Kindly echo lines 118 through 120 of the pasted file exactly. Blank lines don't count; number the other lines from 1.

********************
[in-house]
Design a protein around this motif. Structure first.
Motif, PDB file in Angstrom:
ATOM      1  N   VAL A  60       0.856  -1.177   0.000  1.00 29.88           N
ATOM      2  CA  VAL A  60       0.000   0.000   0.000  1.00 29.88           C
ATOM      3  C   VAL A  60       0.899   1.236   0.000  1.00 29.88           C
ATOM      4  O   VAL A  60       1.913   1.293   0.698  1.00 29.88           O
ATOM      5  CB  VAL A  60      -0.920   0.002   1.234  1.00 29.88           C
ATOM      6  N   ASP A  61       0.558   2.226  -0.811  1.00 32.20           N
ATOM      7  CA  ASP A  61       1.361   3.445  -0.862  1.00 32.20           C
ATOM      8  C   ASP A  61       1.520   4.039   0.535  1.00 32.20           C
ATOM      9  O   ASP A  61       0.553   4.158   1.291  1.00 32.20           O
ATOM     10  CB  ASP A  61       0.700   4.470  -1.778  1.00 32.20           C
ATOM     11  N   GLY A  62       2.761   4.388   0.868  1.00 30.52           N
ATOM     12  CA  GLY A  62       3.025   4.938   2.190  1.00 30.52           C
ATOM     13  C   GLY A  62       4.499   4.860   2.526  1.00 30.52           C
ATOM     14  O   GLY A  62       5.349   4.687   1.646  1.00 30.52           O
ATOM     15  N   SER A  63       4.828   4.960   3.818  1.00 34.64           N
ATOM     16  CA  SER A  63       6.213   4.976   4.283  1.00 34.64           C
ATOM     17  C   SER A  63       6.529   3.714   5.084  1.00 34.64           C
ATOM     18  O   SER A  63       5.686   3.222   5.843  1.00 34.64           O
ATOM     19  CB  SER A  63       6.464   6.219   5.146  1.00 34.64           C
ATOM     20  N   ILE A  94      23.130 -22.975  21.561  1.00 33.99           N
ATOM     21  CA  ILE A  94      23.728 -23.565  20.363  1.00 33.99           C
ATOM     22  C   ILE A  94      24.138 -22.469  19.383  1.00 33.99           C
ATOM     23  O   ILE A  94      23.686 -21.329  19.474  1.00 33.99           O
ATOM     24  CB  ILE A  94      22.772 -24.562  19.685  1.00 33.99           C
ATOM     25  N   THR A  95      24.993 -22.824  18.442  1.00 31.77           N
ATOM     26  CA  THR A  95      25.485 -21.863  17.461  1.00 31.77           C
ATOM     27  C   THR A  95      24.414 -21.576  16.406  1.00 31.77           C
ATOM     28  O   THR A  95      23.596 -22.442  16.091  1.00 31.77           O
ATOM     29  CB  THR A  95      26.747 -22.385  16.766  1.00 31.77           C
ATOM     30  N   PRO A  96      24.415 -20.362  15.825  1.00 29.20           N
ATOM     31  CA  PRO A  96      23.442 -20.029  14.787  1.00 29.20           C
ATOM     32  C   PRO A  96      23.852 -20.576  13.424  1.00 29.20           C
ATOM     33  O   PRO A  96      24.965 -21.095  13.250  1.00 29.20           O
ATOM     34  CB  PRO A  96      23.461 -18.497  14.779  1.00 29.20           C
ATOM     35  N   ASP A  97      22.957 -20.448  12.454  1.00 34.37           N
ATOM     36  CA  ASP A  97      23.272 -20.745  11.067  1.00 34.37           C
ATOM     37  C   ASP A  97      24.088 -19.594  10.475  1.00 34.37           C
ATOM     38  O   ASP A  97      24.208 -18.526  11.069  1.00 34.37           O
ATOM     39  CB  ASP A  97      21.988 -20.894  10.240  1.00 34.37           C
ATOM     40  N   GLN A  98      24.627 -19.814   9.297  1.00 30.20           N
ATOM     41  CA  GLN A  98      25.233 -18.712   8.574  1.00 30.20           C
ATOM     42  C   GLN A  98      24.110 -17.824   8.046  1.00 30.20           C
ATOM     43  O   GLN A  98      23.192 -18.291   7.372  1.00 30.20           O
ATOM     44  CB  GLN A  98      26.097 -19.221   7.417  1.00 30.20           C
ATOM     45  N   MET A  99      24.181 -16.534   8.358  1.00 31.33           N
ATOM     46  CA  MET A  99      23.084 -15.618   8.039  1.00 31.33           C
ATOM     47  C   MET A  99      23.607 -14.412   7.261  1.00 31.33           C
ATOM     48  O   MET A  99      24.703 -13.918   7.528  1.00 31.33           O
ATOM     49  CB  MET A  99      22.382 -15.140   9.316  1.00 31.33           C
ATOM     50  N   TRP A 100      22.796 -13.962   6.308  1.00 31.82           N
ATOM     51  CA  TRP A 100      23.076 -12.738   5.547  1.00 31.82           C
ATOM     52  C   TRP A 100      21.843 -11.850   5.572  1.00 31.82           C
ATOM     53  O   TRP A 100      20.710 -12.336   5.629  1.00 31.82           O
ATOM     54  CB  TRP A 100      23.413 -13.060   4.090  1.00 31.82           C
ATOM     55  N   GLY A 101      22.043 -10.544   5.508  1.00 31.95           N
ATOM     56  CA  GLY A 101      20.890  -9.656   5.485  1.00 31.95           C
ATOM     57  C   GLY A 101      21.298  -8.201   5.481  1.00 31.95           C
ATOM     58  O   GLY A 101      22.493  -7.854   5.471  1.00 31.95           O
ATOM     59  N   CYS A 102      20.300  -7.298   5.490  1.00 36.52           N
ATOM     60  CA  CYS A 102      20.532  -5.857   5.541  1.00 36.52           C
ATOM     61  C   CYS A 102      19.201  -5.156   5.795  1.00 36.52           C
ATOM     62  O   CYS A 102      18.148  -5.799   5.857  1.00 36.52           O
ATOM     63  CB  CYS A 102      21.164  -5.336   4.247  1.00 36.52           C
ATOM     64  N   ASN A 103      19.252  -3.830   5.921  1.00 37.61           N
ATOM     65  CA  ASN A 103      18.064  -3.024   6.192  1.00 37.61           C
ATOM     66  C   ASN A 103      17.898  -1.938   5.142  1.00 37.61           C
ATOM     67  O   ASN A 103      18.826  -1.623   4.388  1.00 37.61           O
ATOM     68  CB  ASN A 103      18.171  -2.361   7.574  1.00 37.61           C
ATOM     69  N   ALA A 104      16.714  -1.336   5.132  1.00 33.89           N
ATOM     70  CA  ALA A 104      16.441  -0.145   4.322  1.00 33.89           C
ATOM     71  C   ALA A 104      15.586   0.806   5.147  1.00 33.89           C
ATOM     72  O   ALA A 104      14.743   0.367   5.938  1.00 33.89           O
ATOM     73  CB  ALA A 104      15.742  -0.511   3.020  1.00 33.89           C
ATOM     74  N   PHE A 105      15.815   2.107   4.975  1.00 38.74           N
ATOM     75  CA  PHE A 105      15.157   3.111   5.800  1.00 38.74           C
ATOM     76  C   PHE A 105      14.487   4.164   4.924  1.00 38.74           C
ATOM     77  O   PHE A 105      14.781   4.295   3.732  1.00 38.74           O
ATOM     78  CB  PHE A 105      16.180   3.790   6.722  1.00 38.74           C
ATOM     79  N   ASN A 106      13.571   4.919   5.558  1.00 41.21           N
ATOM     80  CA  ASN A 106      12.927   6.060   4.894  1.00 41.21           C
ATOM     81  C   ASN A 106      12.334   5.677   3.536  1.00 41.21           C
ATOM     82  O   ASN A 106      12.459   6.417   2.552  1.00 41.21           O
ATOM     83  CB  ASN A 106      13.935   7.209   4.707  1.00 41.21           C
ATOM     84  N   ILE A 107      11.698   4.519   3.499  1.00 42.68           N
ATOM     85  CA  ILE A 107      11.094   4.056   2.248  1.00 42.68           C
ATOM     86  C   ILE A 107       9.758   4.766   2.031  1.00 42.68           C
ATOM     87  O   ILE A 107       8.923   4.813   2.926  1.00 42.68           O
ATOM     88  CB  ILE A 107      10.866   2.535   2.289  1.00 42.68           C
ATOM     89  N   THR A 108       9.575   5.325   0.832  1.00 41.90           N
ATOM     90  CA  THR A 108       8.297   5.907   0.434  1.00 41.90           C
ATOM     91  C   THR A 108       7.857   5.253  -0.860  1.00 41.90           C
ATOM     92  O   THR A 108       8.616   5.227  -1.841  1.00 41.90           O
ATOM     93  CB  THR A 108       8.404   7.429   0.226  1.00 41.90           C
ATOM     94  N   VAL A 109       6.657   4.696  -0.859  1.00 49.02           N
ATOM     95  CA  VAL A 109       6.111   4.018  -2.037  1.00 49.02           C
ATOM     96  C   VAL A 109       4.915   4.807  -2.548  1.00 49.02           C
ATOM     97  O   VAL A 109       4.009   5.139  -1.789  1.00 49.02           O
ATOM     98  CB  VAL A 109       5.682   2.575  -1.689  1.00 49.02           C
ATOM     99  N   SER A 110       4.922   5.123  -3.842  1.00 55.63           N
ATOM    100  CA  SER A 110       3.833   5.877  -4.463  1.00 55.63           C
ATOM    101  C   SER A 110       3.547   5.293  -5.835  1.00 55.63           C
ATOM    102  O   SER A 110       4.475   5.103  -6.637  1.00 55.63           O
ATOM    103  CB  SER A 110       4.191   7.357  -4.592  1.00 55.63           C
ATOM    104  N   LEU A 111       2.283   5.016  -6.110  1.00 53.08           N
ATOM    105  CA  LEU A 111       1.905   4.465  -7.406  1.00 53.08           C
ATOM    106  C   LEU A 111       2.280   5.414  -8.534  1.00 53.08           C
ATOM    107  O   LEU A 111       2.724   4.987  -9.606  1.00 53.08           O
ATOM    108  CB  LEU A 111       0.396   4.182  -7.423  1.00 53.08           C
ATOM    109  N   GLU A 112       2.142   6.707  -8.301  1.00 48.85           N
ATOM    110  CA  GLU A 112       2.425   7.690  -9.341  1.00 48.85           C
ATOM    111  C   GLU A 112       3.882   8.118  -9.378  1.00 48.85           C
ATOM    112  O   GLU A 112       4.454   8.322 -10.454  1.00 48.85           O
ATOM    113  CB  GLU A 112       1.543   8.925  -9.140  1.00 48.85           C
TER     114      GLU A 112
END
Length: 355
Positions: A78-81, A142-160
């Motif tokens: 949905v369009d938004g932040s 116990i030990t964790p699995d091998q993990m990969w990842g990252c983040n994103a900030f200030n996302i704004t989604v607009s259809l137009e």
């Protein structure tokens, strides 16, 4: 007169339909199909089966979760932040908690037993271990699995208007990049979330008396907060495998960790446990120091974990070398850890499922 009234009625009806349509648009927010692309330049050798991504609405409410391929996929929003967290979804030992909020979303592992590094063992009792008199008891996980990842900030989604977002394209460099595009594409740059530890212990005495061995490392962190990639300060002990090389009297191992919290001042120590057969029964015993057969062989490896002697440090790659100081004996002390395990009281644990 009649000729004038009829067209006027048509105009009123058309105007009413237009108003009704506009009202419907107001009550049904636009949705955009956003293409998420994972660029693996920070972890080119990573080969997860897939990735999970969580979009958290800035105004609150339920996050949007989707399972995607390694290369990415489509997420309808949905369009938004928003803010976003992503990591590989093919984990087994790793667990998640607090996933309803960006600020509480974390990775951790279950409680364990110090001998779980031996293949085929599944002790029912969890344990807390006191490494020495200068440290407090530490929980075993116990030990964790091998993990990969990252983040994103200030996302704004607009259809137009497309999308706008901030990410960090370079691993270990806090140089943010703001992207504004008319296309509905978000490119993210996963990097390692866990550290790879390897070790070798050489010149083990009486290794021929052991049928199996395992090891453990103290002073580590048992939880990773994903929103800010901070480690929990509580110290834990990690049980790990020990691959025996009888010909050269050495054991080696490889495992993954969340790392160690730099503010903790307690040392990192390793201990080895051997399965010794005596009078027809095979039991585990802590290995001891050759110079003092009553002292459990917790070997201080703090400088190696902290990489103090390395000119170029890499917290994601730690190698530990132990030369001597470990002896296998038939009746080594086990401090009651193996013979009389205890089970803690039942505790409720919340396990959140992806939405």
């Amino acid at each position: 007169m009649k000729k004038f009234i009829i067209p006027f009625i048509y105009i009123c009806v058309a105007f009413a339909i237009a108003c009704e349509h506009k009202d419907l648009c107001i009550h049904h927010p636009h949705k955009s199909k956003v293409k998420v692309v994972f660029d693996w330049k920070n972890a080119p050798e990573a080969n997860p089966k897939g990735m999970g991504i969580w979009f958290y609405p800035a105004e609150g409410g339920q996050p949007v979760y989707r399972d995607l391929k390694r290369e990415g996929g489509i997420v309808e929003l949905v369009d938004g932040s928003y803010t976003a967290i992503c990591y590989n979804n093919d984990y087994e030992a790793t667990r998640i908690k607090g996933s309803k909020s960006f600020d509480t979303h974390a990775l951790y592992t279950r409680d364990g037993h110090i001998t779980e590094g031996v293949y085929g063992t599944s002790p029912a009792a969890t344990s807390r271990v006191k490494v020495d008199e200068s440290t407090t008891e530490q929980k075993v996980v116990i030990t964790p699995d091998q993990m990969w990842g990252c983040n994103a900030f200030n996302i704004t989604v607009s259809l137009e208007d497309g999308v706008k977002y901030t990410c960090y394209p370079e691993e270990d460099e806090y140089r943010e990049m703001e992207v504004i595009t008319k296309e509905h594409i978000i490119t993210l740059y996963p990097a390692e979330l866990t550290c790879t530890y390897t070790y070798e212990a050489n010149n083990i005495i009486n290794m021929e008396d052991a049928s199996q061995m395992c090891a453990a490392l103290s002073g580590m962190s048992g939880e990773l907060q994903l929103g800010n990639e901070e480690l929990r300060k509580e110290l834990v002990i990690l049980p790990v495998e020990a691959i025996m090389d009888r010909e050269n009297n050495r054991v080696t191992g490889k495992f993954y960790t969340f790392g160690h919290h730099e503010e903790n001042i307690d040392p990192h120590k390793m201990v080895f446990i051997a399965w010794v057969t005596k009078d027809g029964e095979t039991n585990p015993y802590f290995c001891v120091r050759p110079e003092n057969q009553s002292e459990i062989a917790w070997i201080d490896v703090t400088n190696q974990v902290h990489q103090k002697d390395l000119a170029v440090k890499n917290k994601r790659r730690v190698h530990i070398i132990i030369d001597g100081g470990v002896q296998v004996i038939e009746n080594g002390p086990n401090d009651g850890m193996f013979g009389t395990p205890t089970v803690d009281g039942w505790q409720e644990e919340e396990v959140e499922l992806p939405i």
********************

END
Length: 355
Positions: A78-81, A142-160